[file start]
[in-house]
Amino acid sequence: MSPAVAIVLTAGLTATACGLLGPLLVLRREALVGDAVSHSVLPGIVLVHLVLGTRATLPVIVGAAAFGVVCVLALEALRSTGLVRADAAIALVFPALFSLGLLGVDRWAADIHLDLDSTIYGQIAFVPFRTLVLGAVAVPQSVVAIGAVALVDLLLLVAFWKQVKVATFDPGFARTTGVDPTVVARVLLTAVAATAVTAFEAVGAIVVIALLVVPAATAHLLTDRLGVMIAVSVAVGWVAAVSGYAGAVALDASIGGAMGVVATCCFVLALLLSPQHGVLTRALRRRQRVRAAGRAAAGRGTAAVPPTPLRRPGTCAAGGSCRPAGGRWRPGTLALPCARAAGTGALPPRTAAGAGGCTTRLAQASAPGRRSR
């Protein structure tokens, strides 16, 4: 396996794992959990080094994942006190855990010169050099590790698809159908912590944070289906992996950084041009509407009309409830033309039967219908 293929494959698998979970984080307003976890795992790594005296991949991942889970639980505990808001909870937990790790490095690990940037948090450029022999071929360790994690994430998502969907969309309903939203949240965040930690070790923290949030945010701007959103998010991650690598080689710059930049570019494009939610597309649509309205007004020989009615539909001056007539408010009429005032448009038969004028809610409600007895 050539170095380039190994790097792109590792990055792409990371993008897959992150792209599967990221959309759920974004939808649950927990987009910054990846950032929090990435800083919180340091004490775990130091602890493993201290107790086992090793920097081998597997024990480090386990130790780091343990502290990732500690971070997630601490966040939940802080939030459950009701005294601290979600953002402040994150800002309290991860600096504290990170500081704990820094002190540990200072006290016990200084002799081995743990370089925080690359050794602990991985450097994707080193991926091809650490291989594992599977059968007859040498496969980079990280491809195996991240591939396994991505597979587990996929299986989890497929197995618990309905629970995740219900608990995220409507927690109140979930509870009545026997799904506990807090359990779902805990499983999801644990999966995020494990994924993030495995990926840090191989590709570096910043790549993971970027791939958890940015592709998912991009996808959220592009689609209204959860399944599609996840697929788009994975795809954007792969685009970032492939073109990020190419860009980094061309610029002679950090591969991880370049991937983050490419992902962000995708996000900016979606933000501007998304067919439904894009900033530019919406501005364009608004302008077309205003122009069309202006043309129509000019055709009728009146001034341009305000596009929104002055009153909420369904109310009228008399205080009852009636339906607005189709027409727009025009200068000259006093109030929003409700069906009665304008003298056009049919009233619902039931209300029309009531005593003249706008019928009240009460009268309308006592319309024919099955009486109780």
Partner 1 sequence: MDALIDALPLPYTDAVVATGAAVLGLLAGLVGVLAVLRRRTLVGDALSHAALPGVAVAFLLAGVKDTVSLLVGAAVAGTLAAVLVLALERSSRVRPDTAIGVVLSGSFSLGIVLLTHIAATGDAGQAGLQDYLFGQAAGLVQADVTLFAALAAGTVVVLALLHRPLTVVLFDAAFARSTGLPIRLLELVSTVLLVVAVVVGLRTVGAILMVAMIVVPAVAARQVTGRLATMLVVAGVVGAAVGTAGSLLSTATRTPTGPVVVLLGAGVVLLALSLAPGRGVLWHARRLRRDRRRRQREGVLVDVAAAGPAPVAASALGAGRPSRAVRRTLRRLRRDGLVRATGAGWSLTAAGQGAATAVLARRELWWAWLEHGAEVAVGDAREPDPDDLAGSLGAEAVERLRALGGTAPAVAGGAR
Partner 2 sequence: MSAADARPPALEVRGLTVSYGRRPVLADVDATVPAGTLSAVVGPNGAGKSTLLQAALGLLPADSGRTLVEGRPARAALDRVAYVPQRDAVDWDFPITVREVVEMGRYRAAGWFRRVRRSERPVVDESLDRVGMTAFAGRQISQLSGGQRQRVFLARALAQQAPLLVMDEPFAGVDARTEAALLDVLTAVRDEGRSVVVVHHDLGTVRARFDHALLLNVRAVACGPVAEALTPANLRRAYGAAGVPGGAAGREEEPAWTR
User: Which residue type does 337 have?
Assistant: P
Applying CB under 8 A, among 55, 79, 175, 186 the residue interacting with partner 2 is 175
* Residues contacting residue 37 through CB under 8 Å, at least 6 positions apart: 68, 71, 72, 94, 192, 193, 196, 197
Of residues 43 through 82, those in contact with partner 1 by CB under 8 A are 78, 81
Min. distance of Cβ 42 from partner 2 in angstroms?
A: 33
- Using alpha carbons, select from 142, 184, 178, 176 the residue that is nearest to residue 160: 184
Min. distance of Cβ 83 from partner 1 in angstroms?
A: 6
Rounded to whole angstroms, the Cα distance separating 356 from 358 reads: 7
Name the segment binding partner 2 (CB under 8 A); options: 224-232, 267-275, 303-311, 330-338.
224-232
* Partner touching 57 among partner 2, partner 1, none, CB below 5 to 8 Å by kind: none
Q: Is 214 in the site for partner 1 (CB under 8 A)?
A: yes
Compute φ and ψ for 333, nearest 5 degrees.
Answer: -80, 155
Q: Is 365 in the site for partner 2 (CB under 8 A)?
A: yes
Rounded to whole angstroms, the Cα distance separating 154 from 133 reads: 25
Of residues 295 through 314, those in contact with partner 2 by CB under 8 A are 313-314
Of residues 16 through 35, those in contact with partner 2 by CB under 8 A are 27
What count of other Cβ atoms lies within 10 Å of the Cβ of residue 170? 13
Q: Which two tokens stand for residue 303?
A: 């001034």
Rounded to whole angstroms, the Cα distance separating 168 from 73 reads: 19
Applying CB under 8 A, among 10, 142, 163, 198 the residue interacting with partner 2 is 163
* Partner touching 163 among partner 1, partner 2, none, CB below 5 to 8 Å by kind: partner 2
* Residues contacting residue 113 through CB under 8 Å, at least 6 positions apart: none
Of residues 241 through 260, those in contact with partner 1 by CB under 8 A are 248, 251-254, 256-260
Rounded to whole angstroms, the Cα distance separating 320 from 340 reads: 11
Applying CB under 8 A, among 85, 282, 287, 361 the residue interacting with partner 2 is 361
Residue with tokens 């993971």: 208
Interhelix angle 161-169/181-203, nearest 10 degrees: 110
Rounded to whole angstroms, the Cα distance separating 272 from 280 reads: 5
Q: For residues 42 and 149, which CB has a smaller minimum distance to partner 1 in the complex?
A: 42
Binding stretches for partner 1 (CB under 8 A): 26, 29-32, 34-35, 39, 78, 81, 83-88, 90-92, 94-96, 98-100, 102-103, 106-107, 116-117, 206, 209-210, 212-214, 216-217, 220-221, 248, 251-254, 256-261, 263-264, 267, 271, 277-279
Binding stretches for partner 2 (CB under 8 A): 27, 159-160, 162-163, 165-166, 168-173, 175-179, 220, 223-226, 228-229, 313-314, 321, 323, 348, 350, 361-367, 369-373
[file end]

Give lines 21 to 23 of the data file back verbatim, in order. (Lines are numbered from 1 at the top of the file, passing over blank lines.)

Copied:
A: yes
Compute φ and ψ for 333, nearest 5 degrees.
Answer: -80, 155